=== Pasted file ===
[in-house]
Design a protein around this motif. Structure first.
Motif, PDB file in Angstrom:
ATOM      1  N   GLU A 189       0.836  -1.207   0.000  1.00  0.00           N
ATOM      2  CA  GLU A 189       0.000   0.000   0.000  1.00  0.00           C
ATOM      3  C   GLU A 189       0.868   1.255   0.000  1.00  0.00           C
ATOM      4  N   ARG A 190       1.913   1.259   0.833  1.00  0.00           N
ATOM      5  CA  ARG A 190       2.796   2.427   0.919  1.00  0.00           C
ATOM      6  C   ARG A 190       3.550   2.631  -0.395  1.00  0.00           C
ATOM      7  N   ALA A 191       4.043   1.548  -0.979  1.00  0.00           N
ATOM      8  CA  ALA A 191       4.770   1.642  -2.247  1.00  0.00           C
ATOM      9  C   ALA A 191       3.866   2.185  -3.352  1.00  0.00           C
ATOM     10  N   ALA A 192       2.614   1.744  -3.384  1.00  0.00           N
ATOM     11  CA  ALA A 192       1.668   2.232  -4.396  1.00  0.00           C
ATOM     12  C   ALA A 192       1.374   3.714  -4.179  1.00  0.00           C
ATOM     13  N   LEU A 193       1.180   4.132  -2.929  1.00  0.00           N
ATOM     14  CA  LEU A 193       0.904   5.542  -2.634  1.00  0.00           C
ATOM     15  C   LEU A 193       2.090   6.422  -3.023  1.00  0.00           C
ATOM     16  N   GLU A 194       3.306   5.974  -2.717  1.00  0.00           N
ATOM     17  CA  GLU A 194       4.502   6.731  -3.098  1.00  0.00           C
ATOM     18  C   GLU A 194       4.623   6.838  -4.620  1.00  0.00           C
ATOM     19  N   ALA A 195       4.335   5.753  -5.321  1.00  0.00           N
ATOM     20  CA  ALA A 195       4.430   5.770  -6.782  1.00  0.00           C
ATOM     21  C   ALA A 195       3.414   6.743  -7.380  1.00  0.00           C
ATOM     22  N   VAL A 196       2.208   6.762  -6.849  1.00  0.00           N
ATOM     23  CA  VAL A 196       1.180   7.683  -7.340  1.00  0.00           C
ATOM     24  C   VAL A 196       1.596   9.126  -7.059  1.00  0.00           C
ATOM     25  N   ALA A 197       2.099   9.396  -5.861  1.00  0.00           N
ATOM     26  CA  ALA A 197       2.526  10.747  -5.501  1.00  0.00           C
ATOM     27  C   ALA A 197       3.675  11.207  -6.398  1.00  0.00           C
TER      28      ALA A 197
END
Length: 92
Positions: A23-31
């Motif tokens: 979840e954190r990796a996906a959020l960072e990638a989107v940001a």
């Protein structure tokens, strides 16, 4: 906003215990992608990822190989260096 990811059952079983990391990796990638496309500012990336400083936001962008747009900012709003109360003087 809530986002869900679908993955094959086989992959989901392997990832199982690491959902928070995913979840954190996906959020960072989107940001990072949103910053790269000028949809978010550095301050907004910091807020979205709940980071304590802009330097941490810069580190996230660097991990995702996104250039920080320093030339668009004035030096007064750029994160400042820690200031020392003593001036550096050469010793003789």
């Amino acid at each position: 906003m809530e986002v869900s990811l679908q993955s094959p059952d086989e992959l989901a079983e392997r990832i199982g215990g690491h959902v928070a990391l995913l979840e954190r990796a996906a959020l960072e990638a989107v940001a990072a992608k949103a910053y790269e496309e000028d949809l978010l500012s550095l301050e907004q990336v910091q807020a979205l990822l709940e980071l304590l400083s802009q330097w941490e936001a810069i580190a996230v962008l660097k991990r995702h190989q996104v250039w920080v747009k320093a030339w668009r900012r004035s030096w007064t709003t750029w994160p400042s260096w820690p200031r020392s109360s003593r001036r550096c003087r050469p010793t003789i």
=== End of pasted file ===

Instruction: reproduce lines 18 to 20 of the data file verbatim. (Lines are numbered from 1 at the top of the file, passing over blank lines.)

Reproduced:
ATOM     15  C   LEU A 193       2.090   6.422  -3.023  1.00  0.00           C
ATOM     16  N   GLU A 194       3.306   5.974  -2.717  1.00  0.00           N
ATOM     17  CA  GLU A 194       4.502   6.731  -3.098  1.00  0.00           C